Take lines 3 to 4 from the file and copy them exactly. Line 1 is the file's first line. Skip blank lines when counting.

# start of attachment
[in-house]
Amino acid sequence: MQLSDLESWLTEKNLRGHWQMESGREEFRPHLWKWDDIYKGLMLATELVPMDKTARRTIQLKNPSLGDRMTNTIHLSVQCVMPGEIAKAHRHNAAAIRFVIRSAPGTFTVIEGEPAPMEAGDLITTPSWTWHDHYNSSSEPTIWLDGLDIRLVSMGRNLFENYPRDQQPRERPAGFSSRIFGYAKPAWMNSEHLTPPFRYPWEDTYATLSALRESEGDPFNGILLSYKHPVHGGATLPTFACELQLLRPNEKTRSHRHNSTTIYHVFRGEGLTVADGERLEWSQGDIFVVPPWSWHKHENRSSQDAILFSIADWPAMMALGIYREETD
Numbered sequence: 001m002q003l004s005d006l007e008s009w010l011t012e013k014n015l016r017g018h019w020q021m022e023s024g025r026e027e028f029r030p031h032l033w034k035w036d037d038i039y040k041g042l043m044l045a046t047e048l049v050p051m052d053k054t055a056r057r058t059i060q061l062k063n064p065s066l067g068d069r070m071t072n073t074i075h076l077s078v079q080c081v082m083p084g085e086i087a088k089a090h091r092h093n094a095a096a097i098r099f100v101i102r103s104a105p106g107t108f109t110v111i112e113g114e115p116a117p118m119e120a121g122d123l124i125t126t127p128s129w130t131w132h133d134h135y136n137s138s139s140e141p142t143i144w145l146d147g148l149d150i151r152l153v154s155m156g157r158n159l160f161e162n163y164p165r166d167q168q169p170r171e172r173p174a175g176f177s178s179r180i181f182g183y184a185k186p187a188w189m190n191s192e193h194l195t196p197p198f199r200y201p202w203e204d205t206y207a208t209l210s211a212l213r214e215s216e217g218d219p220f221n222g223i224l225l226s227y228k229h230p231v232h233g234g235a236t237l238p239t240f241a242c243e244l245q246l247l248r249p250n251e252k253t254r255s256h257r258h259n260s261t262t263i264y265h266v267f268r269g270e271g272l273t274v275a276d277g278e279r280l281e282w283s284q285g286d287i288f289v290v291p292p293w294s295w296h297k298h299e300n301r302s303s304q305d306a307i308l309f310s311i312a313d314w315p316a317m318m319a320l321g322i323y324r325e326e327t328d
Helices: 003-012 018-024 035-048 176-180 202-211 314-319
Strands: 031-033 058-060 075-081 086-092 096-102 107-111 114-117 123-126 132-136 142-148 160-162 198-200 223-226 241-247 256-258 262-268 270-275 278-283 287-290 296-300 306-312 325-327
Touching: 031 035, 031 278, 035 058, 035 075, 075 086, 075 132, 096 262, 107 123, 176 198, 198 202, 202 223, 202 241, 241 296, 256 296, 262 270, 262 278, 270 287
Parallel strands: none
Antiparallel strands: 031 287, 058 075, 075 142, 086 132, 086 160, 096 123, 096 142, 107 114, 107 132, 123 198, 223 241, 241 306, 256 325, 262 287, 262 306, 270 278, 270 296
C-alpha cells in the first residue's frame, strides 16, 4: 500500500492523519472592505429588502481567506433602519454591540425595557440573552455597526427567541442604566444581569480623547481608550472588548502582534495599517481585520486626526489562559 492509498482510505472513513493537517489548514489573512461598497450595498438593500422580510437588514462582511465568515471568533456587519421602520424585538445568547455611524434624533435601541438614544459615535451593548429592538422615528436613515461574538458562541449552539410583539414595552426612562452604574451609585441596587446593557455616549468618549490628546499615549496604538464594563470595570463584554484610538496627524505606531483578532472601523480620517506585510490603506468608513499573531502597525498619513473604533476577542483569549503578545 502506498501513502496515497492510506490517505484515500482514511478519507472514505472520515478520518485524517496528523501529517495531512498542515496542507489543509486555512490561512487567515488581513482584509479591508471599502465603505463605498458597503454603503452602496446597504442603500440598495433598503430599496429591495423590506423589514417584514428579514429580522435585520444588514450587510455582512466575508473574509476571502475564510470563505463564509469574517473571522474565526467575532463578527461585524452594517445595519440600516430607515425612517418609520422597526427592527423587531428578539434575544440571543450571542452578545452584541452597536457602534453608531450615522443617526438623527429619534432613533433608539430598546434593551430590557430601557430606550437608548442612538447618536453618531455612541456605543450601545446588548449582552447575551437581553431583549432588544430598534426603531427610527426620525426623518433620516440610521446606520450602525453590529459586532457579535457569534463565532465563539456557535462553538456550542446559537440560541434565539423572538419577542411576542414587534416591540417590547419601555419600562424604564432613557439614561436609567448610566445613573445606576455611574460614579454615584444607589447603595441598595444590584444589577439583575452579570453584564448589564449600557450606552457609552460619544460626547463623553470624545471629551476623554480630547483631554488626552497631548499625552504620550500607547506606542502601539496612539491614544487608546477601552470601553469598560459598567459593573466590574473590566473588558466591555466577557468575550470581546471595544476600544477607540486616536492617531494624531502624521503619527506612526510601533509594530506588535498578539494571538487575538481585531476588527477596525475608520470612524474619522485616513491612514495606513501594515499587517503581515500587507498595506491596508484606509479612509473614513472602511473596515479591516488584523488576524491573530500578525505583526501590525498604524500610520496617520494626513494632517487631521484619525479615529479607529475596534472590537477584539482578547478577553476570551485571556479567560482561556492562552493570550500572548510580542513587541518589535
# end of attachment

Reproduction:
Numbered sequence: 001m002q003l004s005d006l007e008s009w010l011t012e013k014n015l016r017g018h019w020q021m022e023s024g025r026e027e028f029r030p031h032l033w034k035w036d037d038i039y040k041g042l043m044l045a046t047e048l049v050p051m052d053k054t055a056r057r058t059i060q061l062k063n064p065s066l067g068d069r070m071t072n073t074i075h076l077s078v079q080c081v082m083p084g085e086i087a088k089a090h091r092h093n094a095a096a097i098r099f100v101i102r103s104a105p106g107t108f109t110v111i112e113g114e115p116a117p118m119e120a121g122d123l124i125t126t127p128s129w130t131w132h133d134h135y136n137s138s139s140e141p142t143i144w145l146d147g148l149d150i151r152l153v154s155m156g157r158n159l160f161e162n163y164p165r166d167q168q169p170r171e172r173p174a175g176f177s178s179r180i181f182g183y184a185k186p187a188w189m190n191s192e193h194l195t196p197p198f199r200y201p202w203e204d205t206y207a208t209l210s211a212l213r214e215s216e217g218d219p220f221n222g223i224l225l226s227y228k229h230p231v232h233g234g235a236t237l238p239t240f241a242c243e244l245q246l247l248r249p250n251e252k253t254r255s256h257r258h259n260s261t262t263i264y265h266v267f268r269g270e271g272l273t274v275a276d277g278e279r280l281e282w283s284q285g286d287i288f289v290v291p292p293w294s295w296h297k298h299e300n301r302s303s304q305d306a307i308l309f310s311i312a313d314w315p316a317m318m319a320l321g322i323y324r325e326e327t328d
Helices: 003-012 018-024 035-048 176-180 202-211 314-319